Kind and quiet-mannered, Leslie Sr. lived on the property his entire life, raising his eight children as well as his grandson Kip. A waterman, family man, churchman, athlete, he was an esteemed member of the community, always at the ready to help anyone and everyone in need. “He was well respected in the area because of his mild manners, the way he carried himself,” says Yvonne. “He was well respected by Blacks, Whites, and financial institutions.” Quiet though he was, “when he started chanting in church, you knew it was him!” says Jimmy. Jimmy also recalls when Leslie Sr. “invented” a mechanism that could make every crab a soft-shell crab using a float with a pump that brought water from the river into the floats on land, resulting in hard crabs shedding into soft shells.
Anytime you come down this road, first thing you think about is grandpop Harry Benjamin, grandfather Leslie Sr. . . . and our other ancestors. Look out at that water and that’s all you see—you see them.
Leslie Sr.’s tie to the water came naturally to him. His father Harry Benjamin was also a waterman and built an oyster house right here on the property—the first for a Black man in this region. Kip still has memories of laying in the hammock outside the oyster house with his great grandfather, snacking on sardines, salt, and vinegar.
Others in the Wilson Family pursued different occupations—law enforcement, marine corps, iron works, real estate, ballet, writing, educational psychology, teaching, to name just a few. But their tie to the water was always strong, even if they didn’t make a living doing it. “The older Wilsons used to say ‘once that water gets in your veins, that’s it. It don’t leave you,’” says Kip. “You have to return to it.”
Environmental stresses like polluted runoff, a changing climate, and more have made working the water more challenging in recent years. “My father used to call it, ‘red water,’” says William of the polluted runoff that causes algal blooms and red tides. “I never thought I would see the day where you can’t make a living on the water,” says Kip.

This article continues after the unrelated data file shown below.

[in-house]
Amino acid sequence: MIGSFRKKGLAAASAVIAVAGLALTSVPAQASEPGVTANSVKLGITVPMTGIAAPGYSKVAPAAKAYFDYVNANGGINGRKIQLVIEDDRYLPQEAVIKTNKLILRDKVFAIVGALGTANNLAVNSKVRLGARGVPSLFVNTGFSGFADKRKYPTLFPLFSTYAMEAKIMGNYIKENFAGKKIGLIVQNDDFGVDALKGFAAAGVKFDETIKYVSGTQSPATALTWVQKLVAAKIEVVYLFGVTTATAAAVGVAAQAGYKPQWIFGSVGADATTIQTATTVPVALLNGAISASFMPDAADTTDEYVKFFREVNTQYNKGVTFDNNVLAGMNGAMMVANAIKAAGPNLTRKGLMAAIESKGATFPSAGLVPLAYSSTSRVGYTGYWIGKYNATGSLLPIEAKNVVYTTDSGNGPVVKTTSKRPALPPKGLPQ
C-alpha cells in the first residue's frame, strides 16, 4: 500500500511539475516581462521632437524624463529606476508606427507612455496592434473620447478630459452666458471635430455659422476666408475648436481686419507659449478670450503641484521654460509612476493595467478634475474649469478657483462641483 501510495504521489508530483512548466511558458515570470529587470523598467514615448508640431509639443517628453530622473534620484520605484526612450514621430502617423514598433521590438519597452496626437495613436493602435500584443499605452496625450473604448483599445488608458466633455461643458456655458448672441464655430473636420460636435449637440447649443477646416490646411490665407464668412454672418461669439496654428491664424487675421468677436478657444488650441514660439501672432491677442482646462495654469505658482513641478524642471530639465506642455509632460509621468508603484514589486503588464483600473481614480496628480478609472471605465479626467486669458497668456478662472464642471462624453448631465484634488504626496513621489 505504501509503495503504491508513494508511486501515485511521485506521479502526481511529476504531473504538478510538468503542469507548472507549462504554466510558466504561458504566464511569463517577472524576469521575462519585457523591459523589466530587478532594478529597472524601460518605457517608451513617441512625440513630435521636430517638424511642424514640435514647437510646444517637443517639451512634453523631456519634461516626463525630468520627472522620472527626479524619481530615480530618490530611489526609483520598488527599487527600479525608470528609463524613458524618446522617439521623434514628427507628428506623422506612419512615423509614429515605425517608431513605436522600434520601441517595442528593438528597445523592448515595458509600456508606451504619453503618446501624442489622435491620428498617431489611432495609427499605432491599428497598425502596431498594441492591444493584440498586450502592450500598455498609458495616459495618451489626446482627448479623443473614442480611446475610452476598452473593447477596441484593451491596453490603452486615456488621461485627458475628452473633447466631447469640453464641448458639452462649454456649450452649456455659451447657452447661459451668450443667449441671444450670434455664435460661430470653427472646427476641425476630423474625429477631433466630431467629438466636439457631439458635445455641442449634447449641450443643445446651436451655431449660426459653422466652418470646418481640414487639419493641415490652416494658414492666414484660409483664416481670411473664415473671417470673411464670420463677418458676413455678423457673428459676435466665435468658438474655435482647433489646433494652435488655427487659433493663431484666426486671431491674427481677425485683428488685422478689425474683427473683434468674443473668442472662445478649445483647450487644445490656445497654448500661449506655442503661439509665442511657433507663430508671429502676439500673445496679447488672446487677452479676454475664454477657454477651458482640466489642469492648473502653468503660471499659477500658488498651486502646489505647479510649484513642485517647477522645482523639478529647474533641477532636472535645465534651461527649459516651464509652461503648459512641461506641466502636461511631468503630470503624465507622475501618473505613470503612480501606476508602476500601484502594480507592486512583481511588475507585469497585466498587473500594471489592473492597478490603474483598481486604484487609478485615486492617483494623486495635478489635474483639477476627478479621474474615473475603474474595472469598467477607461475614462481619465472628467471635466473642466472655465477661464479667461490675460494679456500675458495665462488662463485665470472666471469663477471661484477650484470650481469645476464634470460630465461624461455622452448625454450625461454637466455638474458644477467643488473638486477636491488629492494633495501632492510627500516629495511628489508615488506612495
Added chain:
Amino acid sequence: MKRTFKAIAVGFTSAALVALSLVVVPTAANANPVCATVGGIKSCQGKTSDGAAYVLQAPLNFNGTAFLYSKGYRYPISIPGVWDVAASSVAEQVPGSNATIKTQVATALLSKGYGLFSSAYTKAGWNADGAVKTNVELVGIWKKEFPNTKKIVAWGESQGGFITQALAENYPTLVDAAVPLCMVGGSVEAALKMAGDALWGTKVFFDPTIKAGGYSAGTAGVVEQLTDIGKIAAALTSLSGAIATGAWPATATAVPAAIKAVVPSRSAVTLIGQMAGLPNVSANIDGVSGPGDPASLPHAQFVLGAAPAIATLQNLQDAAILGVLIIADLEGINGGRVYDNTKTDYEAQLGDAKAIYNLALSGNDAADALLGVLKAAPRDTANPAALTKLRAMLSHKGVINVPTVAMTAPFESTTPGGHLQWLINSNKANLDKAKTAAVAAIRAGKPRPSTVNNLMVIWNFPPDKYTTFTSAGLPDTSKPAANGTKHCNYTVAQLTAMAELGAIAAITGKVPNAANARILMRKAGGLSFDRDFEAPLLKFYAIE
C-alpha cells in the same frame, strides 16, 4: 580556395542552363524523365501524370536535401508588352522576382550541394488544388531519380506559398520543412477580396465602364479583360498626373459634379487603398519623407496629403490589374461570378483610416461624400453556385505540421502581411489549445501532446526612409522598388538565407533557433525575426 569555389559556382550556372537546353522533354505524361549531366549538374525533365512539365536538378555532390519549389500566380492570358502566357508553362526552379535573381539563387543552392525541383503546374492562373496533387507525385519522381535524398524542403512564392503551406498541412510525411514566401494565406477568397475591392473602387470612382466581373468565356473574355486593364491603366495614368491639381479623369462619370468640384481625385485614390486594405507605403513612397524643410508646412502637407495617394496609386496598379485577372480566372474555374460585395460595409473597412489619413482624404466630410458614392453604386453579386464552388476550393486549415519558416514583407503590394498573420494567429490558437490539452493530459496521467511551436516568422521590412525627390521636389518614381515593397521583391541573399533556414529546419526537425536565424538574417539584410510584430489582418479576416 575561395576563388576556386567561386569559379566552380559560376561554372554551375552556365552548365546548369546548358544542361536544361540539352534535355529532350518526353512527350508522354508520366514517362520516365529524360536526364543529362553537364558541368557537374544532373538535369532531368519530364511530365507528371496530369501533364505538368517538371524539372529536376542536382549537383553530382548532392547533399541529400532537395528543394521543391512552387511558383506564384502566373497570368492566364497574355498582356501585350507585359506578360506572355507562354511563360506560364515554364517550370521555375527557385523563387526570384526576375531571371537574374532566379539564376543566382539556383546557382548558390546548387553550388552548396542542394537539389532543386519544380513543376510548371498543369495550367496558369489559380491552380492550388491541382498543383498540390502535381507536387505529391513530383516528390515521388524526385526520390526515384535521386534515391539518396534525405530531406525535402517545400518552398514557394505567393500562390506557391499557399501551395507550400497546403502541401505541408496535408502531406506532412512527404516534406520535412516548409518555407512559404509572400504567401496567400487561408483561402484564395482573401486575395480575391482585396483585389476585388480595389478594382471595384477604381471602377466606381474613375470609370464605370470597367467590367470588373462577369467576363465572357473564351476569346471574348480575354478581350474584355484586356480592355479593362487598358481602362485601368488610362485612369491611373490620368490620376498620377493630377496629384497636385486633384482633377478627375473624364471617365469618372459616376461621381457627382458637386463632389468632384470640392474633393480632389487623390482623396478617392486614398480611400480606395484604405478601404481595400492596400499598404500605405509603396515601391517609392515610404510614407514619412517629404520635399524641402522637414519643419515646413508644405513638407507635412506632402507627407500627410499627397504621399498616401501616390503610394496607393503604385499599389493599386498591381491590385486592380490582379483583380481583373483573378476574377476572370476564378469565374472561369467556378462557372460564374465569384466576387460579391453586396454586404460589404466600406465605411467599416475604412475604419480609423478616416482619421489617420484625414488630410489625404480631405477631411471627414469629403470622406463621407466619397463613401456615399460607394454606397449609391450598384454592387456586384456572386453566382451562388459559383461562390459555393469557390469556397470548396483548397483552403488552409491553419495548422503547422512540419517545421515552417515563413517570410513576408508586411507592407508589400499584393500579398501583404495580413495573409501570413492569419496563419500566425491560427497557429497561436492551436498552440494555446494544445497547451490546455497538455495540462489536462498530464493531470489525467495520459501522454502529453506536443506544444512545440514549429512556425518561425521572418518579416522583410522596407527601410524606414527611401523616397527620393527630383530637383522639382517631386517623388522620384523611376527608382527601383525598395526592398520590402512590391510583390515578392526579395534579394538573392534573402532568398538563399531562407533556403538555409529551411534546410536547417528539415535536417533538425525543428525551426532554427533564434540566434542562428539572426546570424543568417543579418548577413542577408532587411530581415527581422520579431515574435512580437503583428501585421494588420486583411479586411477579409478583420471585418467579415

Ties to Place, Ties to Each Other
These days, though many in the Wilson Family live away from “The Point”—Pennsylvania, Maryland, Maryland’s Eastern Shore, Chesterfield, Washington, Northern Virginia, D.C.—their connection to this land and water is no less palpable. Though they may not have been born here or raised here, it will always be home.
“We all moved away, but we all still come back,” says Darlene . “I thank God to still have a place to come back to. Not every family of color has that to come back to.”
Summer visits, holiday gatherings, family reunions, crab feasts complete with 80 bushels of crabs consumed—all continue to be traditions in the Wilson Family, where connecting to each other is just as important as connecting to this place. “We talk a lot about generations and how family comes together. This place brings us together,” says Cecil Johnson.
Adds Daisy: “We talk about the love of the water and the love of the land, [but] we also need to talk about the religious aspect . . . before the crab feasts, Sunday dinners, any meal, we would come together [to pray ]. . . God has blessed us, we didn’t get here by ourselves.”
Brooke who now owns one of the Wilson Family homes at The Point that her grandfather built, is grateful to share this place with her cousins and the next generation, including her 16-year-old son. “I knew from growing up as a child, visiting in the summer with family, that this place was special. We can never let go of it. And we want our son Grayson to learn about his family and the water here.”
Outside, toward the end of the day, the sun dips lower in that blue bird sky casting a golden hue across the crape myrtles that years ago William planted and that continue to line Route 671—now called Wilson Drive.
It’s hard not to think of Mitchell I in moments like these and what he made possible for his descendants. “This place is so very special to me because of the dream of a Black man in 1877 to own land, and it came true,” says James Douglas.
Perhaps Kip sums it up best when he speaks of the solace and connection he finds with this land and his ancestry: “No matter what you’re going through in life, there’s nothing like coming down here. No matter what’s bothering you, what’s on your mind. For some reason—I don’t know if it’s that tie to our ancestors—but sitting out here, it gives us peace of mind . . . Anytime you come down this road, first thing you think about is grandpop Harry Benjamin, grandfather Leslie Sr. . . . and our other ancestors. Look out at that water and that’s all you see—you see them.”